English

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Etymology

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transcend +‎ -er

Noun

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transcender (plural transcenders)

  1. One who transcends.
    • 1995, Antoine Culioli, Michel Liddle, Cognition and Representation in Linguistic Theory, page v:
      British and North American practitioners tend to ignore the heirs, gainsayers and transcenders of the framework set out by Ferdinand de Saussure.

French

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Etymology

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Borrowed from Latin trānscendere.

Pronunciation

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  • IPA(key): /tʁɑ̃.sɑ̃.de/
  • Audio:(file)

Verb

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transcender

  1. to transcend

Conjugation

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Further reading

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Portuguese

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Etymology

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Borrowed from Latin trānscendere (to climb over, step over, surpass, transcend). Compare Spanish trascender, French transcender.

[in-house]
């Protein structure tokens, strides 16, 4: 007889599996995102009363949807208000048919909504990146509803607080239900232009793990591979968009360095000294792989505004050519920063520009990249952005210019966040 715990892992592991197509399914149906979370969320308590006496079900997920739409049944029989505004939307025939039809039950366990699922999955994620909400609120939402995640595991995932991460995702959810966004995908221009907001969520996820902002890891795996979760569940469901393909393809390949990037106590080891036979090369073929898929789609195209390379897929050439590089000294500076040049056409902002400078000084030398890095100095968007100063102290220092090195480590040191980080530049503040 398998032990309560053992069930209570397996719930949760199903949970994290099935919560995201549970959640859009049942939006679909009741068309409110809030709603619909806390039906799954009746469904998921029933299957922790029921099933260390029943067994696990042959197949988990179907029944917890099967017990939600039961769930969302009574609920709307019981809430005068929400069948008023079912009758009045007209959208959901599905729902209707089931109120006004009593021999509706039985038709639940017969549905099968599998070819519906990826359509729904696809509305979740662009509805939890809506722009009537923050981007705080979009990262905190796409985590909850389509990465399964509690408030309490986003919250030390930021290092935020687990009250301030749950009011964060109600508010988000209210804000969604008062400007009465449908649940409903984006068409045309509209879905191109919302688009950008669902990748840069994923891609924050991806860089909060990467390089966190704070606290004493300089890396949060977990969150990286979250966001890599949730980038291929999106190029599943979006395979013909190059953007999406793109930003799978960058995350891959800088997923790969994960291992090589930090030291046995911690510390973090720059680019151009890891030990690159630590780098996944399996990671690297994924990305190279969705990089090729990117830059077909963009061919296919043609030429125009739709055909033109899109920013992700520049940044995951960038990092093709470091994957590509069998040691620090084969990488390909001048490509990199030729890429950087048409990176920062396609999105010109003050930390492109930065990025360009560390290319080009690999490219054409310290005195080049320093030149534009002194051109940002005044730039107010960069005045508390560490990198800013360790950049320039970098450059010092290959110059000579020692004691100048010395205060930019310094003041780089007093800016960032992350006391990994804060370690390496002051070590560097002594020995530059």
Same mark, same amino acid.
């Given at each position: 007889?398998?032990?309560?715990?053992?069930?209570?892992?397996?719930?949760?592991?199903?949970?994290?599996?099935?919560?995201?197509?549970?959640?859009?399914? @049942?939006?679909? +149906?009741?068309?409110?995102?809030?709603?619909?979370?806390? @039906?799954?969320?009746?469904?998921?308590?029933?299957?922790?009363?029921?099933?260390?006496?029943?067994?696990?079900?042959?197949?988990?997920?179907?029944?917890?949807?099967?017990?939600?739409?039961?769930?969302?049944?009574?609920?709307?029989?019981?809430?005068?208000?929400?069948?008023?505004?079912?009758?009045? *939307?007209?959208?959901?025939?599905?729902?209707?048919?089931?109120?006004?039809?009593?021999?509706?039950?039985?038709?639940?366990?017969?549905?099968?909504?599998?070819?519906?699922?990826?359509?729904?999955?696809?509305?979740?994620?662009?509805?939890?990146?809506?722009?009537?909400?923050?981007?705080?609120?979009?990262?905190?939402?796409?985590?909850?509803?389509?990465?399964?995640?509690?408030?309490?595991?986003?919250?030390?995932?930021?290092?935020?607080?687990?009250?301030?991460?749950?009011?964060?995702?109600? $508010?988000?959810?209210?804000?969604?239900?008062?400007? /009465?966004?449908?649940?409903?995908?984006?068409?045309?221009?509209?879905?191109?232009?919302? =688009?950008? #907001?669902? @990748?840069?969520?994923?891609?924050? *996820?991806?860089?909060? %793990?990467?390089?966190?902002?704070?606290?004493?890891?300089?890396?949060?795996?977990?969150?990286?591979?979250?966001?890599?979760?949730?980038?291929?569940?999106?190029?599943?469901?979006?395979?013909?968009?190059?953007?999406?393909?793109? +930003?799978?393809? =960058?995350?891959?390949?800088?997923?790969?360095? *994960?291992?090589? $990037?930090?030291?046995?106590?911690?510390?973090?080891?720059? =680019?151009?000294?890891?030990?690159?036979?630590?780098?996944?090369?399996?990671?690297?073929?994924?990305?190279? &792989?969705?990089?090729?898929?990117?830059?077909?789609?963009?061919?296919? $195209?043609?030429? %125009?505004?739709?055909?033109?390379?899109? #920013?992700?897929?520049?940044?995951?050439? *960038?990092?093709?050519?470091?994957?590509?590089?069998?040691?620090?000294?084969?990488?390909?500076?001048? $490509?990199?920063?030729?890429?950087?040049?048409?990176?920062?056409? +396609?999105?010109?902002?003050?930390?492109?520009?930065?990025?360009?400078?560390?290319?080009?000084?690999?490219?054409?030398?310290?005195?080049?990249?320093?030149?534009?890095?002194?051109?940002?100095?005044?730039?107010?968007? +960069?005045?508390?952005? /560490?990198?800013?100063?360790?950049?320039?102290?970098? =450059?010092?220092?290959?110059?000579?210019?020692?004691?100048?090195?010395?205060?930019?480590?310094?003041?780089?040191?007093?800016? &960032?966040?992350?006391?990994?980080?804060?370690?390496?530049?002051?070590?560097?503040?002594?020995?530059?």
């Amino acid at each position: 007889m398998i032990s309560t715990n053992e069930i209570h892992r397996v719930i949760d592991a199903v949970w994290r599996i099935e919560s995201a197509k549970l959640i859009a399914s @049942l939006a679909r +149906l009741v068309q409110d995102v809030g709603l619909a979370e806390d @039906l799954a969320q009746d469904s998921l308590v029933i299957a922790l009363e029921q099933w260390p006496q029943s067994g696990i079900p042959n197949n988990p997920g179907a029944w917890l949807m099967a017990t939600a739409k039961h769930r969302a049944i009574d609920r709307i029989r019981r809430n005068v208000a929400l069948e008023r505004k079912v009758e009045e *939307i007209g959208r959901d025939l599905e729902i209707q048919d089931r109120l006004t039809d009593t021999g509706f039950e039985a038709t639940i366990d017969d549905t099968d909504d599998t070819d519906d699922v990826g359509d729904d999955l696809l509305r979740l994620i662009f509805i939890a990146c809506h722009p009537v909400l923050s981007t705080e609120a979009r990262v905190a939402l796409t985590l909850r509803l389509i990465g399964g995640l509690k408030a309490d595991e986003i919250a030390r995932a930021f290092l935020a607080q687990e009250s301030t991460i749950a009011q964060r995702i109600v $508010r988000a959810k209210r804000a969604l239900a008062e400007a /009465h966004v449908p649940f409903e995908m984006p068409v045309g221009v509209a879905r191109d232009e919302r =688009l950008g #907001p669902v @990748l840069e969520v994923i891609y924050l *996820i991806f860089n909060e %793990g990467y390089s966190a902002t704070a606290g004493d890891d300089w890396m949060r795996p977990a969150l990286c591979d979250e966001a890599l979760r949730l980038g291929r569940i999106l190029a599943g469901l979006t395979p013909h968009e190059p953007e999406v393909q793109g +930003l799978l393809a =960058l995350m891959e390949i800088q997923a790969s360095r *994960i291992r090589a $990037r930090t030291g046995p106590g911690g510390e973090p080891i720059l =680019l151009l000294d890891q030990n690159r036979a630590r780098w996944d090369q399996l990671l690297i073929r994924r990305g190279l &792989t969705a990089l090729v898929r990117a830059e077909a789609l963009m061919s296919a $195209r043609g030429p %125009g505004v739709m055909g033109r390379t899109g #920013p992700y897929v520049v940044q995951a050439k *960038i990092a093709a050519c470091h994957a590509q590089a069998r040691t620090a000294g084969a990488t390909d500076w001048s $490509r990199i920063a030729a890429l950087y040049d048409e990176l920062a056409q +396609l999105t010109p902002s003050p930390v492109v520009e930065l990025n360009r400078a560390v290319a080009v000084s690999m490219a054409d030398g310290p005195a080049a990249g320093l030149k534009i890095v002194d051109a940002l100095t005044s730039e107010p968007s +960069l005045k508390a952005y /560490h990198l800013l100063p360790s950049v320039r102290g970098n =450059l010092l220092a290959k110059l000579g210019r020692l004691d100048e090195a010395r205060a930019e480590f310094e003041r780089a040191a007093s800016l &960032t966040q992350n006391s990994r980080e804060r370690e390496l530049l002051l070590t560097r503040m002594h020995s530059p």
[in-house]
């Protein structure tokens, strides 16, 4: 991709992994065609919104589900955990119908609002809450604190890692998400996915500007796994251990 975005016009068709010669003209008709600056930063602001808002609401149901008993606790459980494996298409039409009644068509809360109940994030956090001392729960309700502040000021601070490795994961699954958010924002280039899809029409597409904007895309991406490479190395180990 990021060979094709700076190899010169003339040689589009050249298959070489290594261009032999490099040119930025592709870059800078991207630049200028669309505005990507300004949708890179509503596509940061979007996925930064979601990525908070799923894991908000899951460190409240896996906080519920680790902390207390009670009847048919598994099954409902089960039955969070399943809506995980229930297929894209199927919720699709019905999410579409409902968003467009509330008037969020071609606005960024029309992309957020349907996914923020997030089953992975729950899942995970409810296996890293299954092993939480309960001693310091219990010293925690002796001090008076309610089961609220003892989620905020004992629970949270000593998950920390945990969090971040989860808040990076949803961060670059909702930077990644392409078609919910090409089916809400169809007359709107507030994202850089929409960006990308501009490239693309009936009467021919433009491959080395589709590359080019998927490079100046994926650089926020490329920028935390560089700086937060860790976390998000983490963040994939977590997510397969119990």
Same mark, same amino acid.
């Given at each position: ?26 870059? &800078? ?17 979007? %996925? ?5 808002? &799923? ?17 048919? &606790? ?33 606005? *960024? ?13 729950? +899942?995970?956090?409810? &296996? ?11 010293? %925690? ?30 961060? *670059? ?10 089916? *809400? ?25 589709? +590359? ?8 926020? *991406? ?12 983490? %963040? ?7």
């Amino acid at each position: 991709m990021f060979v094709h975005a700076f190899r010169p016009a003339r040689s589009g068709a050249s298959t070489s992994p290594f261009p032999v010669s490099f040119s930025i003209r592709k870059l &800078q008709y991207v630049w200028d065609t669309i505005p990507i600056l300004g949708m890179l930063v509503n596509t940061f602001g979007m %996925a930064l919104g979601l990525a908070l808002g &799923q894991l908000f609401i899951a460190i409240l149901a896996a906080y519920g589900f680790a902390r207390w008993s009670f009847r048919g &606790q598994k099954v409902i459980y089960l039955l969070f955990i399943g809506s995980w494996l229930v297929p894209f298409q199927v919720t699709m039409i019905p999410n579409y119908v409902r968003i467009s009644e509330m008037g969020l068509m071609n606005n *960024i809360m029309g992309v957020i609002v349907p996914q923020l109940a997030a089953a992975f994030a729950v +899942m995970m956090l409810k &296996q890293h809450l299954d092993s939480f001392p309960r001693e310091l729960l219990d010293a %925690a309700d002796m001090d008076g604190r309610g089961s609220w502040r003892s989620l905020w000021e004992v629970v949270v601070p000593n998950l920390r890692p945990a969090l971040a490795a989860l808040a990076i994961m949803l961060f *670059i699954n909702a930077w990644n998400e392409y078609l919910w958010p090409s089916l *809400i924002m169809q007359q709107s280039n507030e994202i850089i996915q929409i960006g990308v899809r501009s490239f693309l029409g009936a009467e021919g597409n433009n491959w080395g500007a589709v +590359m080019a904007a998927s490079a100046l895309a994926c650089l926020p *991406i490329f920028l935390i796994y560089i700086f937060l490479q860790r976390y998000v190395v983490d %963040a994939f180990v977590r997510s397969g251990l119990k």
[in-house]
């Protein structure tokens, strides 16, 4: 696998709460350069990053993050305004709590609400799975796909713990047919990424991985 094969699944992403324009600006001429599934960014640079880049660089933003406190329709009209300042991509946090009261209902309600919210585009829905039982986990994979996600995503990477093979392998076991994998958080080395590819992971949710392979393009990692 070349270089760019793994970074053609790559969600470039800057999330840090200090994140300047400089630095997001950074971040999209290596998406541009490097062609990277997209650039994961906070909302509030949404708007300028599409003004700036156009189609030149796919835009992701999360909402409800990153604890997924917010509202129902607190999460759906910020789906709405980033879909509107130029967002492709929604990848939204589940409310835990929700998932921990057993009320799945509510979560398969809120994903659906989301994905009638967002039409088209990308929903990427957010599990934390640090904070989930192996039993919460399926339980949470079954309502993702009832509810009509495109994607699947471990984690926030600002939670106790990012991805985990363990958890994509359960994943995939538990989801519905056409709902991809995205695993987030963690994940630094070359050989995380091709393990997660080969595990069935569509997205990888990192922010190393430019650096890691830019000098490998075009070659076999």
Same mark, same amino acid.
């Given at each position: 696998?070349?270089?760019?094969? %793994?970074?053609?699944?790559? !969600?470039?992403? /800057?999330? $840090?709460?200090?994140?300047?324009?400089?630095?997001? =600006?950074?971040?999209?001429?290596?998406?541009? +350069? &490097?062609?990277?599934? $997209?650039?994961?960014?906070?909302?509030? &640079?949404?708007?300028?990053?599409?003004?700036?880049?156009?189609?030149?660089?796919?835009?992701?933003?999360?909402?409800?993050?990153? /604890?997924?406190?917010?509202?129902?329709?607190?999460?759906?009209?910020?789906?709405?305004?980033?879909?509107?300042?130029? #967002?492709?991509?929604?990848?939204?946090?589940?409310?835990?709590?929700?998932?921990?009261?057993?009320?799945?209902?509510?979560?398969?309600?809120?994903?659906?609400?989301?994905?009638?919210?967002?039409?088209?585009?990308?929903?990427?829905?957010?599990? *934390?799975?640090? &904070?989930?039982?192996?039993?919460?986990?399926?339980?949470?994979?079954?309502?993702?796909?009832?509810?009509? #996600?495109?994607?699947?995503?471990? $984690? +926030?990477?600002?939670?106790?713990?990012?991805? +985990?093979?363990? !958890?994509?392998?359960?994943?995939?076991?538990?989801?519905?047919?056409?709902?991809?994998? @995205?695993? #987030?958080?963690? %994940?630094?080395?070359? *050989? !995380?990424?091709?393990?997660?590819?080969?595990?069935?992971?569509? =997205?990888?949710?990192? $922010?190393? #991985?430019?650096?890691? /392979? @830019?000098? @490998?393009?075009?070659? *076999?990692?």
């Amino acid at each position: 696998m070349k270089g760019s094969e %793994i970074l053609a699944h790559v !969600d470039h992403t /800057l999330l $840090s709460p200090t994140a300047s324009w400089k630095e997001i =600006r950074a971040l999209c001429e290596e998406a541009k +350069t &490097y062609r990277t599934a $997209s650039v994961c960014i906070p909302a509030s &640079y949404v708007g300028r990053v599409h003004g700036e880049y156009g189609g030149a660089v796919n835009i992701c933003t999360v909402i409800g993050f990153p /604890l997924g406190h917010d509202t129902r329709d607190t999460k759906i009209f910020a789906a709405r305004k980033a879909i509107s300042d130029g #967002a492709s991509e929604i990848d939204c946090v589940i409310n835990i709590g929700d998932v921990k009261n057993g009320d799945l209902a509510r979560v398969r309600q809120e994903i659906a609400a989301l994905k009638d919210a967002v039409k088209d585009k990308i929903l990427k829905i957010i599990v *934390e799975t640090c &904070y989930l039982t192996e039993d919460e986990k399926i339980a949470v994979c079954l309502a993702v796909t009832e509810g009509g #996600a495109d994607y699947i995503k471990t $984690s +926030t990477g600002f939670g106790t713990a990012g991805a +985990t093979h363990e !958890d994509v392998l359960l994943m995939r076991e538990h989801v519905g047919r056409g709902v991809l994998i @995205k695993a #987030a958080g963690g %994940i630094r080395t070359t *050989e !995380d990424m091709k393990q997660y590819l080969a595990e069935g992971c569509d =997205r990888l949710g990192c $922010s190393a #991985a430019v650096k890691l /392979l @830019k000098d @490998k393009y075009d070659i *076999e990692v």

Pronunciation

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  • (Portugal) IPA(key): (careful pronunciation) /tɾɐ̃ʃ.sẽˈdeɾ/, /tɾɐ̃.ʃẽˈdeɾ/
    • (Southern Portugal) IPA(key): (careful pronunciation) /tɾɐ̃ʃ.sẽˈde.ɾi/, /tɾɐ̃.ʃẽˈde.ɾi/

  • Hyphenation: trans‧cen‧der

Verb

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transcender (first-person singular present transcendo, first-person singular preterite transcendi, past participle transcendido)

  1. to transcend

Conjugation

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Spanish

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Pronunciation

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  • IPA(key): (Spain) /tɾansθenˈdeɾ/ [t̪ɾãns.θẽn̪ˈd̪eɾ]
  • IPA(key): (Latin America) /tɾansenˈdeɾ/ [t̪ɾãn.sẽn̪ˈd̪eɾ]
  • Rhymes: -eɾ
  • Syllabification: trans‧cen‧der

Verb

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transcender (first-person singular present transciendo, first-person singular preterite transcendí, past participle transcendido)

  1. Alternative form of trascender

Conjugation

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Further reading

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